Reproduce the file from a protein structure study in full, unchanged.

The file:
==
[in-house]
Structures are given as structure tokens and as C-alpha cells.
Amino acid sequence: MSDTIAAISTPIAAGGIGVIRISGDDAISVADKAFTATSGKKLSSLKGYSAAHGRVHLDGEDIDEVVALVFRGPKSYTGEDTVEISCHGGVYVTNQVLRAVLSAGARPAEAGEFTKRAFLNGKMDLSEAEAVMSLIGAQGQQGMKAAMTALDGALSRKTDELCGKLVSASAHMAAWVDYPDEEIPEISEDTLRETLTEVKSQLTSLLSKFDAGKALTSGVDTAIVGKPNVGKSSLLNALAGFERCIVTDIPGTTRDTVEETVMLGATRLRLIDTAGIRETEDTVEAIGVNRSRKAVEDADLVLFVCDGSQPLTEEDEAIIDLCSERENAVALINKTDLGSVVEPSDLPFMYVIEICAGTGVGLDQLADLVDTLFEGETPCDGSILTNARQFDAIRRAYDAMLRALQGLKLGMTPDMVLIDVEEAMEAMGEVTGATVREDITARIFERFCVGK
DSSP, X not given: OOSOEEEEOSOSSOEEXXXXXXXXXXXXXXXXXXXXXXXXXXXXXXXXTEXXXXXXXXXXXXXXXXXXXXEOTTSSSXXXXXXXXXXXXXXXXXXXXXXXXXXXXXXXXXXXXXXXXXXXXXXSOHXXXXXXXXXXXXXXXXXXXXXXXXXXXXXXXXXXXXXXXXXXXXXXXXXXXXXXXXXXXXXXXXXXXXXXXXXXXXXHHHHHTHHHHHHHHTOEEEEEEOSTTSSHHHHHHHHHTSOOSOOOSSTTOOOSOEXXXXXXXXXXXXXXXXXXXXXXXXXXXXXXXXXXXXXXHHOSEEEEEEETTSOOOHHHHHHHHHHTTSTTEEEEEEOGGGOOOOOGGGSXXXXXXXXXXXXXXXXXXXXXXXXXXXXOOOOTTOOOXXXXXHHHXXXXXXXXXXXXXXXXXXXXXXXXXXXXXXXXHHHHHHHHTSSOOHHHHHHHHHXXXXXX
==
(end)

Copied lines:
[in-house]
Structures are given as structure tokens and as C-alpha cells.
Amino acid sequence: MSDTIAAISTPIAAGGIGVIRISGDDAISVADKAFTATSGKKLSSLKGYSAAHGRVHLDGEDIDEVVALVFRGPKSYTGEDTVEISCHGGVYVTNQVLRAVLSAGARPAEAGEFTKRAFLNGKMDLSEAEAVMSLIGAQGQQGMKAAMTALDGALSRKTDELCGKLVSASAHMAAWVDYPDEEIPEISEDTLRETLTEVKSQLTSLLSKFDAGKALTSGVDTAIVGKPNVGKSSLLNALAGFERCIVTDIPGTTRDTVEETVMLGATRLRLIDTAGIRETEDTVEAIGVNRSRKAVEDADLVLFVCDGSQPLTEEDEAIIDLCSERENAVALINKTDLGSVVEPSDLPFMYVIEICAGTGVGLDQLADLVDTLFEGETPCDGSILTNARQFDAIRRAYDAMLRALQGLKLGMTPDMVLIDVEEAMEAMGEVTGATVREDITARIFERFCVGK
DSSP, X not given: OOSOEEEEOSOSSOEEXXXXXXXXXXXXXXXXXXXXXXXXXXXXXXXXTEXXXXXXXXXXXXXXXXXXXXEOTTSSSXXXXXXXXXXXXXXXXXXXXXXXXXXXXXXXXXXXXXXXXXXXXXXSOHXXXXXXXXXXXXXXXXXXXXXXXXXXXXXXXXXXXXXXXXXXXXXXXXXXXXXXXXXXXXXXXXXXXXXXXXXXXXXHHHHHTHHHHHHHHTOEEEEEEOSTTSSHHHHHHHHHTSOOSOOOSSTTOOOSOEXXXXXXXXXXXXXXXXXXXXXXXXXXXXXXXXXXXXXXHHOSEEEEEEETTSOOOHHHHHHHHHHTTSTTEEEEEEOGGGOOOOOGGGSXXXXXXXXXXXXXXXXXXXXXXXXXXXXOOOOTTOOOXXXXXHHHXXXXXXXXXXXXXXXXXXXXXXXXXXXXXXXXHHHHHHHHTSSOOHHHHHHHHHXXXXXX